Saturday, 8 December 2012

I'd be preparing for champagne in 2015, were it not for 1992

It was a strange old evening, 9 April 1992. 

Friends had gathered in our house, clutching bottles of champagne, one of them a magnum, though to be honest more in hope than expectation. It looked as though after thirteen years of Conservative rule, the first eleven under Margaret Thatcher, we might at last see Labour returned. Perhaps.

The fall of Thatcher, out of the blue nearly eighteen months earlier, had seemed to open the door a chink, giving us a glimpse of the myriad possibilities beyond. Of a gentler, fairer country, in which support for the underprivileged would not necessarily be viewed as a weakness.

The bellwether in the 1992 general election was Basildon. It would be the first of the marginal constituencies to declare a result. If the Conservatives held on to it, John Major’s Tories would be back in Downing Street; if not, Neil Kinnock might well form a Labour government.

It didn’t take long. Basildon made its announcement: David Amess had held it for the Tories, and the government clung on to office for another five years. Our friends trooped disconsolate into the night, the champagne uncorked.

The story even had a curious sequel. A year or so later we opened the magnum, and the wine was flat, the only time I
ve seen that with champagne. Perhaps I should have complained, but I didn’t: that the sparkle had gone from the wine seemed entirely appropriate to that joyless evening back in April 1992.

Now we have another dismal Tory government. It calls itself a coalition, because it includes some Liberal Democrats. The aim was that the Conservatives would get to pursue a ruthless policy of austerity to fix the country’s finances, while the Lib Dems would get constitutional reform – proportional representation and an elected House of Lords.

In the event, the Tories got their austerity and the economy has taken a severe turn for the worse, with debt climbing and an unprecedented triple-dip recession in the offing; meanwhile, both proportional representation and House of Lords reform were defeated.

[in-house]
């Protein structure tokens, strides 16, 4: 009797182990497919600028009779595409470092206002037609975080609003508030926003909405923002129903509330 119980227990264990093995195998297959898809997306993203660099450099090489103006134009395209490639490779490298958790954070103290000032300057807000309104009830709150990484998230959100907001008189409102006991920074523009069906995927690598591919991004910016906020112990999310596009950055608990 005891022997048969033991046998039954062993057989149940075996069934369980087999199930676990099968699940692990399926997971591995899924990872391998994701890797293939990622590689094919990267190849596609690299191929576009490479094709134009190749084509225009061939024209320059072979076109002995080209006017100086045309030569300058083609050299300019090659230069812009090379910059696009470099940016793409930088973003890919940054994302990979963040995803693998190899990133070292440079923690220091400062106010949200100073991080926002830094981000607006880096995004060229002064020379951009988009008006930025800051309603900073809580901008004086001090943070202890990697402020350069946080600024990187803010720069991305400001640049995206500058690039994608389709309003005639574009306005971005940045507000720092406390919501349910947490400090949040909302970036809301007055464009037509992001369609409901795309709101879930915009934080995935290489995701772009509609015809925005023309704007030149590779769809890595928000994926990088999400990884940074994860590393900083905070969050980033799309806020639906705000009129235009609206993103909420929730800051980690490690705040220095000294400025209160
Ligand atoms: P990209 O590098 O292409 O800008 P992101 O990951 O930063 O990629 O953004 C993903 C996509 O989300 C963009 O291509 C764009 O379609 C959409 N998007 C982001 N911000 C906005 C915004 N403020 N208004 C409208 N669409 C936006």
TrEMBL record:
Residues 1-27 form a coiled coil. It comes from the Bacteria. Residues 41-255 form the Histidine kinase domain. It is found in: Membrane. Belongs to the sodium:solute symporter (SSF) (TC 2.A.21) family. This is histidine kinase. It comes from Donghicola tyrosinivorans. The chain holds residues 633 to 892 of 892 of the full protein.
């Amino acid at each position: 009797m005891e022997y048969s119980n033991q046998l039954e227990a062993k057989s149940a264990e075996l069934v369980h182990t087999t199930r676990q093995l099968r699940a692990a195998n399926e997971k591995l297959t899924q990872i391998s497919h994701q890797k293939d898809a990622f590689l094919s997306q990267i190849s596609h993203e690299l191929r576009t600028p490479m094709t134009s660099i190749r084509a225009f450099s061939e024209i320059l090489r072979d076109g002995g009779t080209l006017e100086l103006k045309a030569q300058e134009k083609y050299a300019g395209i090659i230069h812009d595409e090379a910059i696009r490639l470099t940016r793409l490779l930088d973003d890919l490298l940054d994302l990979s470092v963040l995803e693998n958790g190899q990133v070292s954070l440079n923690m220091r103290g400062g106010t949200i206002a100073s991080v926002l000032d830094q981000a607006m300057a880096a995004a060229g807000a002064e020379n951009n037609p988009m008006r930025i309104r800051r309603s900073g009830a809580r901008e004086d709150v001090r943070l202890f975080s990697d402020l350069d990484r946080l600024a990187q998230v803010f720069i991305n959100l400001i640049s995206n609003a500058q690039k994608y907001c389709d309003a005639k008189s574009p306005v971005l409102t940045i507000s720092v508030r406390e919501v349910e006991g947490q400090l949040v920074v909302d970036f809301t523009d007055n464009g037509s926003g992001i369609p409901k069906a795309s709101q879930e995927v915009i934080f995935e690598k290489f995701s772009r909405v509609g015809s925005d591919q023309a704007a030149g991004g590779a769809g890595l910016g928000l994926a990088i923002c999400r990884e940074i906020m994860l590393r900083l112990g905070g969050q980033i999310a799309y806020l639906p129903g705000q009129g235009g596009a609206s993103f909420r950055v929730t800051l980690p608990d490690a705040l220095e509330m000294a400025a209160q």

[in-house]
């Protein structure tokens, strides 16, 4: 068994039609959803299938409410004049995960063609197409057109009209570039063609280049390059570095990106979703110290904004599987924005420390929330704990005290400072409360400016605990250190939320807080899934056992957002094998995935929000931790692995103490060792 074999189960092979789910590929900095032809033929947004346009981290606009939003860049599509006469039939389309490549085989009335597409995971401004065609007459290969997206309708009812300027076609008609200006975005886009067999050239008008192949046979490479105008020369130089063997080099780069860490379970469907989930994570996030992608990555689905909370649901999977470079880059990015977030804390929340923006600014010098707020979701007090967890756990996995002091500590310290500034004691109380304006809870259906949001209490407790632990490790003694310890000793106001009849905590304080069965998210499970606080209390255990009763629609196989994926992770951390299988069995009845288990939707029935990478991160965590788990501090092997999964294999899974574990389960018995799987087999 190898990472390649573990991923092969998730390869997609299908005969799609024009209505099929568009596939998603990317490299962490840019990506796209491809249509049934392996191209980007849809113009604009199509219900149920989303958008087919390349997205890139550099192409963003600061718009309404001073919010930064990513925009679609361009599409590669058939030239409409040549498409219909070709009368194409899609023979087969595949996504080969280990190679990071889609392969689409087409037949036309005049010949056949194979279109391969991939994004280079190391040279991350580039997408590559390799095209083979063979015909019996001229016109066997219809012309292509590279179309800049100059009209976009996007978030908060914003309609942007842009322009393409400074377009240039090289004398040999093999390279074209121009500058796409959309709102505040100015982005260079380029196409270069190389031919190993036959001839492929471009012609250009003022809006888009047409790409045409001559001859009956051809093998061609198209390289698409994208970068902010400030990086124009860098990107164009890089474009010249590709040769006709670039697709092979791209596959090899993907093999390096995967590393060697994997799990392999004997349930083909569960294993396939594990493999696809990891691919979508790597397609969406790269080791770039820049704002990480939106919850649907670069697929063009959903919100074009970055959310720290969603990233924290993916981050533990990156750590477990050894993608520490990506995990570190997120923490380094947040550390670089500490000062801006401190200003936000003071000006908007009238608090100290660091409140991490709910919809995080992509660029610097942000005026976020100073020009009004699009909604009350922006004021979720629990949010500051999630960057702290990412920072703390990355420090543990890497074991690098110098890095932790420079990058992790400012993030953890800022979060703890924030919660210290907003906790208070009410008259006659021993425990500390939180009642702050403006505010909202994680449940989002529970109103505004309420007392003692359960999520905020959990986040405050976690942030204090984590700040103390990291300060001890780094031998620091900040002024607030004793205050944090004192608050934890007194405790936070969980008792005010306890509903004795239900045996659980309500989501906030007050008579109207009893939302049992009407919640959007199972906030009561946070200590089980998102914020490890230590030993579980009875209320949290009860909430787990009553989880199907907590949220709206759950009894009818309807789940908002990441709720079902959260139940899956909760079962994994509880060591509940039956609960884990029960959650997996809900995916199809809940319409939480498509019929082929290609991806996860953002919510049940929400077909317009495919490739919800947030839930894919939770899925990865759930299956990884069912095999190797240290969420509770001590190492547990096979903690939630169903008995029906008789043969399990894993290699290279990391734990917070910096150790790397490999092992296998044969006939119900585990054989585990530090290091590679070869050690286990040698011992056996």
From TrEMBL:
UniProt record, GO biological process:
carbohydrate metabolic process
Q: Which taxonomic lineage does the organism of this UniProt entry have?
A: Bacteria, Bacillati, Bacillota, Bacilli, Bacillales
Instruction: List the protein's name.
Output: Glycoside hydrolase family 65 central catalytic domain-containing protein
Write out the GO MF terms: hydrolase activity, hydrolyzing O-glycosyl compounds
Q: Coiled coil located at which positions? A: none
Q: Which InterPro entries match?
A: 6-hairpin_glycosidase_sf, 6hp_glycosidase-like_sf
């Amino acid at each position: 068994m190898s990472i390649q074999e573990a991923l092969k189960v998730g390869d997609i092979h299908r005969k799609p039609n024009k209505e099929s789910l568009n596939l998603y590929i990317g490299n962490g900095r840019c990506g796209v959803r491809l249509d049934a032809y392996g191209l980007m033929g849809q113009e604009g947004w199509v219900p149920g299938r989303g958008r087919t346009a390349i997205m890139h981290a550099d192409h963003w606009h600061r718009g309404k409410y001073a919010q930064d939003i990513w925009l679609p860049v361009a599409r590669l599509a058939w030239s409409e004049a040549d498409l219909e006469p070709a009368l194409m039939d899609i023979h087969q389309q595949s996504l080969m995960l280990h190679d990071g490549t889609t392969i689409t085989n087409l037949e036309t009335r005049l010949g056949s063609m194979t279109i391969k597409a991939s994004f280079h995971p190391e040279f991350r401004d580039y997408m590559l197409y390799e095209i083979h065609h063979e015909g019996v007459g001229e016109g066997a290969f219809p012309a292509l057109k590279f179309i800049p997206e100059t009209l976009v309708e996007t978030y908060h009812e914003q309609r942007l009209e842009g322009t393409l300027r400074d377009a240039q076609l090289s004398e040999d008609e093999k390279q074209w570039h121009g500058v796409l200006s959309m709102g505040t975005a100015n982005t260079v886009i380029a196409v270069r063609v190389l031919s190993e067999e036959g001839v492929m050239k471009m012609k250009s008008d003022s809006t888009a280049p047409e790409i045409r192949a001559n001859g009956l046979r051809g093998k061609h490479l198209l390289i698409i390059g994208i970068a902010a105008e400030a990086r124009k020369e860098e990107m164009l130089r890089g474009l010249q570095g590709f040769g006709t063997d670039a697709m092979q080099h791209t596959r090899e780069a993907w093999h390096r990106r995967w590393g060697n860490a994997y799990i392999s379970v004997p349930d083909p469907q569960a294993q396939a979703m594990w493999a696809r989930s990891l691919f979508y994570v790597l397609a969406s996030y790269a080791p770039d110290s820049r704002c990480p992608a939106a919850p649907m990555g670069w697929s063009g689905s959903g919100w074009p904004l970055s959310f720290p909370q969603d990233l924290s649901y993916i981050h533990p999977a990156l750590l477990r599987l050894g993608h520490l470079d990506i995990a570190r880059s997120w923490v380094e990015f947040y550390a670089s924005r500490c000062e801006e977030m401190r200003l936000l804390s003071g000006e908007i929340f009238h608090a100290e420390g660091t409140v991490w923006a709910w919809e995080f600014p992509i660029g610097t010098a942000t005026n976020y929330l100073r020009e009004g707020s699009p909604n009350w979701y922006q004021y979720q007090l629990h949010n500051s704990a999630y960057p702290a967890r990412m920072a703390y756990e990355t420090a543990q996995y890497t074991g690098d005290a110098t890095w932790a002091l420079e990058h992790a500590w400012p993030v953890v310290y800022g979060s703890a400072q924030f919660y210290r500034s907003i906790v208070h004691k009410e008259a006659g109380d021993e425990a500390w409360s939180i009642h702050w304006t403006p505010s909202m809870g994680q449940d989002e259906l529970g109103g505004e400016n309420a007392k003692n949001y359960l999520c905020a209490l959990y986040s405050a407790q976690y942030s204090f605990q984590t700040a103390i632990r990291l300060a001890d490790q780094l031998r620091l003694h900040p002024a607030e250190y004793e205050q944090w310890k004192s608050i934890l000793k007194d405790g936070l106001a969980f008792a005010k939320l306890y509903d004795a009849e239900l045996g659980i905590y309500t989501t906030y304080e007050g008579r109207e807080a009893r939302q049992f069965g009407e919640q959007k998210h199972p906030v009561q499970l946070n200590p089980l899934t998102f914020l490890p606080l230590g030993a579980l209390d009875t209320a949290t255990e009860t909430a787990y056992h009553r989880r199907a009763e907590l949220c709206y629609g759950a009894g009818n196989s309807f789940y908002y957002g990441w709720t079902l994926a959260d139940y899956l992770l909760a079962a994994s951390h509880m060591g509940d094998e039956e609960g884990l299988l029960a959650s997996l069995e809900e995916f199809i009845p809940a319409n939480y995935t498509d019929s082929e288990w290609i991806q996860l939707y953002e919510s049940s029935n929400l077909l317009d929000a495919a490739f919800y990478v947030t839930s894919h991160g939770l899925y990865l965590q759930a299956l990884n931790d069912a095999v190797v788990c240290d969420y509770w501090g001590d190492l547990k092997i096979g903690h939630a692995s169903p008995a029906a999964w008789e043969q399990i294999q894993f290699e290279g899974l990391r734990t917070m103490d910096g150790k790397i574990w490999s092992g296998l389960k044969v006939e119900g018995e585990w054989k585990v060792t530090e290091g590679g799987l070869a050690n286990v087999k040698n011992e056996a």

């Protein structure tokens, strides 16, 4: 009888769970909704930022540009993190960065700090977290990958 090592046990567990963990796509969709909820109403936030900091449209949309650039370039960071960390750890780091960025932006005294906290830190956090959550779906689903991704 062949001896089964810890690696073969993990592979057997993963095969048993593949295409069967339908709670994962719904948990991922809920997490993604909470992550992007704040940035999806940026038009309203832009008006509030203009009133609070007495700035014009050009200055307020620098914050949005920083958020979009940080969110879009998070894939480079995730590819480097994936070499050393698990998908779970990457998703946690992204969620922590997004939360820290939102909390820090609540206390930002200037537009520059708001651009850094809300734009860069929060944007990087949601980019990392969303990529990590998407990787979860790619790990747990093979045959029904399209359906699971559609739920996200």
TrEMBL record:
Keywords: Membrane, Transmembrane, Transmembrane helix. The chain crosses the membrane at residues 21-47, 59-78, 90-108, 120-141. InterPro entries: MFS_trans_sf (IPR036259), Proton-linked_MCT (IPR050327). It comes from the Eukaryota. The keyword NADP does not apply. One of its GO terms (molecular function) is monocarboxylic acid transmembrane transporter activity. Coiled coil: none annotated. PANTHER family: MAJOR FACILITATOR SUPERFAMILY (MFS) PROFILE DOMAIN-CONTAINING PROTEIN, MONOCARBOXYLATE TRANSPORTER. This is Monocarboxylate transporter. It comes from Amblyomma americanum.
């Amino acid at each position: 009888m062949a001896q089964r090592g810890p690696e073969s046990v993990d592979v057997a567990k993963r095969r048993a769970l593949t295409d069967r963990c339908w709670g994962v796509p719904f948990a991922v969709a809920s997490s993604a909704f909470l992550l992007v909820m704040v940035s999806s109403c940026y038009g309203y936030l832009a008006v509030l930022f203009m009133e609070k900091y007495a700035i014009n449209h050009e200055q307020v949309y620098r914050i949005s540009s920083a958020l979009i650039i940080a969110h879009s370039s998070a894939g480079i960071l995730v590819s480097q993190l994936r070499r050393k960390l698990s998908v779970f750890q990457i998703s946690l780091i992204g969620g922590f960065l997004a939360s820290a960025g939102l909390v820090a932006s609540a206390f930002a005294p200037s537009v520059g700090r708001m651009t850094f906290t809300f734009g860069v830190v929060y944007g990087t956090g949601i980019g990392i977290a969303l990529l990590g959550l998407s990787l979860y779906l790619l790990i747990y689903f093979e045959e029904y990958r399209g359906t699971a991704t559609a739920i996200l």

Charmers all: Danny Alexander (Lib Dem), George Osborne (Con) and
David Cameron (Con) enjoy the moment they cut benefits still further

So this feels terribly like the run up to 1992 again. It’s a lousy government failing on everyone’s criteria, even its own. A little over half way to the next election, the desire for change is in the air. Labour is riding high in the polls and achieving good results in by-elections. It could be back in 2015.

On the other hand, 30 months before the 1992 election, in October 1990, Labour was averaging leads of around 10% in the opinion polls. Today, Labour’s lead is around 10%. Are we just looking at a mid-term lead that could be lost as quickly as it was gained?

As it happens, I remain hopeful. There were two great differences back then. The smaller parties represented far less. Labour and the Conservatives between them accounted for 85-90% of the total; today they’re in the mid-seventies. A 10% lead today is more significant than in 1990.

The other great difference is that in October 1990, Thatcher still had a few weeks to run as Prime Minister. After eleven years, most people had had enough of her. There’d been riots over her so-called poll tax and there was a general feeling that even her erstwhile supporters had just about had too much of a good thing. In November, she was unceremoniously ditched by the men whose careers she’d nurtured in the Conservative Party and government.

Lo and behold, the polls turned round. The Labour lead was slashed. Certain polls even showed the Conservatives in front. In the runup to the election, Labour was sitting on leads of 5% or less. By contrast, as it approached the 1997 election, which it won, Labour had leads of up to 20%.

Dumping Cameron after only two and a half years in office would feel much more like an act of desperation than the kind of renewal Thatcher's removal represented. But – who knows? The Tories are good at pulling rabbits out of hats. A 10% lead is good, but it isn’t impregnable.

To make things safe still needs a lot of work. Above all, Labour needs to realise that its lead is mostly down to the Conservatives. Their abject failure to hit their own targets, has cost them dear. The reaction against the government has taken Labour up into the low forties in the polls. But to be sure of victory, it needs to press on, up towards 50%, with leads in the high teens, as in 1997.

The Tories have done about as much as they can for Labour. 
It can’t just rely on the government continuing to shoot itself in the foot, however good it’s proved at doing that so far. Now Labour has to come up with something positive itself, convincing voters it’s ready for government. 

That has yet to happen, so I haven’t ordered the champagne, far less put it on ice. Even so – those opinion polls, those by-election results – they at least make me feel I can choose the bottles I want to purchase, plan the celebration I hope to hold. Whether I can move from plan to action depends on the two Eds, Miliband and Balls, at the head of the Labour Party today. Let’s hope two Eds are better than one and they can give us a 1997 rather than a 1992.

’s an outcome to which I'd be happy to raise a glass. 


MalcDow said...

It's not the politics that bother me, it's the politicians.

David Beeson said...

Sadly the politicians produce politics and then we all foot the bill.